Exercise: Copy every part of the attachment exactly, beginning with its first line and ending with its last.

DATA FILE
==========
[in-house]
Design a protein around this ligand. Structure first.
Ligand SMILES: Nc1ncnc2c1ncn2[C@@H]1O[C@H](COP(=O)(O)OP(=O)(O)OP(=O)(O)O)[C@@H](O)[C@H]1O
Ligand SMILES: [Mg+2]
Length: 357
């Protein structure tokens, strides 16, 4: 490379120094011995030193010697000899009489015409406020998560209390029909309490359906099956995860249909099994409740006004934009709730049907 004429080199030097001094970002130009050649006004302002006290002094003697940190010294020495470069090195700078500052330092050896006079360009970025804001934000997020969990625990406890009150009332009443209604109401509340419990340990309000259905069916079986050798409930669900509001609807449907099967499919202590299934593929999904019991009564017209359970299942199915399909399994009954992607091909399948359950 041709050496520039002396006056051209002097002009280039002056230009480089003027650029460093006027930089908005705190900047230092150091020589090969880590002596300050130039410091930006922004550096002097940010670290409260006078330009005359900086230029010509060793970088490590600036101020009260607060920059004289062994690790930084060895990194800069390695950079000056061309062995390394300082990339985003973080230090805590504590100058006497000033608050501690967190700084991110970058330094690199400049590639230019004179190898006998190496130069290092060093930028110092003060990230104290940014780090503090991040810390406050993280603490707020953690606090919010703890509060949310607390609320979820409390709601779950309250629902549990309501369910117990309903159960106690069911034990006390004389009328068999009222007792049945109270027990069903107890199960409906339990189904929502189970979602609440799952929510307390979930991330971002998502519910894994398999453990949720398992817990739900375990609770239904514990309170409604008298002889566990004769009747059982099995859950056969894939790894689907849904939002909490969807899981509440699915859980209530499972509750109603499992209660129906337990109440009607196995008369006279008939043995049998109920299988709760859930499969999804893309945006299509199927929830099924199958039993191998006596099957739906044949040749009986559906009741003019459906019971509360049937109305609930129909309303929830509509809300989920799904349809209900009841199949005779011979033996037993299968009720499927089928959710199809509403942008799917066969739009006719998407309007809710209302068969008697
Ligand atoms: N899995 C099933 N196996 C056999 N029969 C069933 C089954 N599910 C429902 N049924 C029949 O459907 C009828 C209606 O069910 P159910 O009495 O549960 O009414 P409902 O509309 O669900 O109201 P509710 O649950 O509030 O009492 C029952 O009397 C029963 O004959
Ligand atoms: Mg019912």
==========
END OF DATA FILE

[in-house]
Design a protein around this ligand. Structure first.
Ligand SMILES: Nc1ncnc2c1ncn2[C@@H]1O[C@H](COP(=O)(O)OP(=O)(O)OP(=O)(O)O)[C@@H](O)[C@H]1O
Ligand SMILES: [Mg+2]
Length: 357
């Protein structure tokens, strides 16, 4: 490379120094011995030193010697000899009489015409406020998560209390029909309490359906099956995860249909099994409740006004934009709730049907 004429080199030097001094970002130009050649006004302002006290002094003697940190010294020495470069090195700078500052330092050896006079360009970025804001934000997020969990625990406890009150009332009443209604109401509340419990340990309000259905069916079986050798409930669900509001609807449907099967499919202590299934593929999904019991009564017209359970299942199915399909399994009954992607091909399948359950 041709050496520039002396006056051209002097002009280039002056230009480089003027650029460093006027930089908005705190900047230092150091020589090969880590002596300050130039410091930006922004550096002097940010670290409260006078330009005359900086230029010509060793970088490590600036101020009260607060920059004289062994690790930084060895990194800069390695950079000056061309062995390394300082990339985003973080230090805590504590100058006497000033608050501690967190700084991110970058330094690199400049590639230019004179190898006998190496130069290092060093930028110092003060990230104290940014780090503090991040810390406050993280603490707020953690606090919010703890509060949310607390609320979820409390709601779950309250629902549990309501369910117990309903159960106690069911034990006390004389009328068999009222007792049945109270027990069903107890199960409906339990189904929502189970979602609440799952929510307390979930991330971002998502519910894994398999453990949720398992817990739900375990609770239904514990309170409604008298002889566990004769009747059982099995859950056969894939790894689907849904939002909490969807899981509440699915859980209530499972509750109603499992209660129906337990109440009607196995008369006279008939043995049998109920299988709760859930499969999804893309945006299509199927929830099924199958039993191998006596099957739906044949040749009986559906009741003019459906019971509360049937109305609930129909309303929830509509809300989920799904349809209900009841199949005779011979033996037993299968009720499927089928959710199809509403942008799917066969739009006719998407309007809710209302068969008697
Ligand atoms: N899995 C099933 N196996 C056999 N029969 C069933 C089954 N599910 C429902 N049924 C029949 O459907 C009828 C209606 O069910 P159910 O009495 O549960 O009414 P409902 O509309 O669900 O109201 P509710 O649950 O509030 O009492 C029952 O009397 C029963 O004959
Ligand atoms: Mg019912």